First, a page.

The Close Encounters of J. Allen Hynek
J. Allen Hynek is one of the key figures in the birth of modern ufology. His story embodies the classic motif of the man who came to scoff but remained behind to pray.
Hynek – From Sceptic to BelieverAn expert in astronomy Hynek was employed as a consultant to Project Bluebook, the US Air Force’s official study of the UFO phenomenon. When a sighting report was received, Hynek’s role was essentially to suggest whether it might have been an astronomical body which the witness had seen instead.
He later acknowledged that his original views on the UFO topic were derisive. In his own words, he considered belief in UFOs to be a “mental aberration.” But Hynek’s views evolved over the years. As he was involved in more and more cases which seemed to defy simple explanation; as he encountered eye witnesses who were clearly professional persons of substance with no interest in self-publicity, Hynek came to consider the alternative: that there really was something very strange going on in our skies. As his conviction that there was an underlying reality to the UFO phenomenon grew, so too did his dissatisfaction with what he saw as Bluebook’s superficial and dismissive approach.
After Project Bluebook was wound up by the air force, Hynek continued his exploration of UFOs. He felt that the study of the phenomenon really had to be taken out of the “kook” ghetto and put on a serious scientific footing. He personally encountered many highly credentialled scientists who were happy to tell him privately of their interest and belief in UFOs, but would not dare utter the same sentiments in public for fear of losing credibility and damaging their career prospects. To help overcome the “sneer factor”, in 1973 Hynek established the Centre for UFO Studies in his native Chicago. It collected UFO sighting reports and started a scholarly journal – the Journal of UFO Studies – which still continues today.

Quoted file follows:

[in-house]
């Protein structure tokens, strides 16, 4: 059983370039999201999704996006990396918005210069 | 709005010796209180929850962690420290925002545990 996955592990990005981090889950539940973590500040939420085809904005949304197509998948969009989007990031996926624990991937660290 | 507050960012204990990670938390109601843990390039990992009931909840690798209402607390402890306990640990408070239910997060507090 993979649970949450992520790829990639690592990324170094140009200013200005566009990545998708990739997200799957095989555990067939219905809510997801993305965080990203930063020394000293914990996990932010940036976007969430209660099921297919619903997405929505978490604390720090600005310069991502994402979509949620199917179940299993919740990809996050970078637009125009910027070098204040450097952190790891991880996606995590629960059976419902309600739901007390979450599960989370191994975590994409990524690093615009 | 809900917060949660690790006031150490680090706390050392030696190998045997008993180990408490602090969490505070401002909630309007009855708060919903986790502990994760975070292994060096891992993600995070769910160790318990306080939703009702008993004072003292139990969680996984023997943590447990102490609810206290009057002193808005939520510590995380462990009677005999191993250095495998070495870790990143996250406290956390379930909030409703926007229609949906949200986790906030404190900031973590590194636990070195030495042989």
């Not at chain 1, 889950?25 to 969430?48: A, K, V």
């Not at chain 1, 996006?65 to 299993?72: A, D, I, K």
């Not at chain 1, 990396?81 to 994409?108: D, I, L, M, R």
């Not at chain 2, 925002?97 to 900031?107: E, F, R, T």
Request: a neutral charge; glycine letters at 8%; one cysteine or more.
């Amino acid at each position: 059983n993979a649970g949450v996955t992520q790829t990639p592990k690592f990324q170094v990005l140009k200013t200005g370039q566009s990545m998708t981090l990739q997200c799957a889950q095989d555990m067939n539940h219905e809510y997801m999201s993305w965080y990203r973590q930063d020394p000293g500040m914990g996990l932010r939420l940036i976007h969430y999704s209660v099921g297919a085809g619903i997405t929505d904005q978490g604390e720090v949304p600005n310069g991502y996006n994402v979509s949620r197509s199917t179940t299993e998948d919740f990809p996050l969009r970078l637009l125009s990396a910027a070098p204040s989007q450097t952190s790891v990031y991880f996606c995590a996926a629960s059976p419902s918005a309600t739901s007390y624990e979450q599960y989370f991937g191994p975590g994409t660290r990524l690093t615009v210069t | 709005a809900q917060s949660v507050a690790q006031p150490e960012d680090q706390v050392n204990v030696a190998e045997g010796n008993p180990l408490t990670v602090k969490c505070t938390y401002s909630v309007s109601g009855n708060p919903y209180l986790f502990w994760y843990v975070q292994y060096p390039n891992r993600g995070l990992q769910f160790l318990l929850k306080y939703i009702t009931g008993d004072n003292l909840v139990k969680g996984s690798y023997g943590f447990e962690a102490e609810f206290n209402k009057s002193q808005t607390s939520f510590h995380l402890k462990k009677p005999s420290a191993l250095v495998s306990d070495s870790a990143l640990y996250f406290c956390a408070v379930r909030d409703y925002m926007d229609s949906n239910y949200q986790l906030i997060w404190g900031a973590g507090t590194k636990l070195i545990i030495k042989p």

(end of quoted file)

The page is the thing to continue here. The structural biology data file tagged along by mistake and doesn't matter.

Close EncountersWith the goal of making the collection of UFO data more systematic in nature, Hynek established a classification framework for sighting reports which was to prove very influential: the Close Encounters system:
- Close Encounters of the First Kind were defined as those in which an anomalous object is seen in the sky within 200 yards of the eye-witness
- Close Encounters of the Second Kind are those in which, additionally, the UFO has some tangible effect on the environment, for example by leaving an imprint in the ground where it lands or by interfering with the normal functioning of a car engine
- Close Encounters of the Third Kind are those in which, additionally, the occupants of vehicle are seen
- Close Encounters of the Fourth Kind are those in which a human is abducted by aliens
- Close Encounters of the Fifth Kind are those in which the human and alien commune with one another in some form
Throughout the remainder of his life, Hynek continued to read, research and write about the UFO phenomenon. He even appeared before the United Nations in 1978, urging them to take the subject seriously and established a committee to investigate it. Although he was received with courtesy, his suggestion was not taken up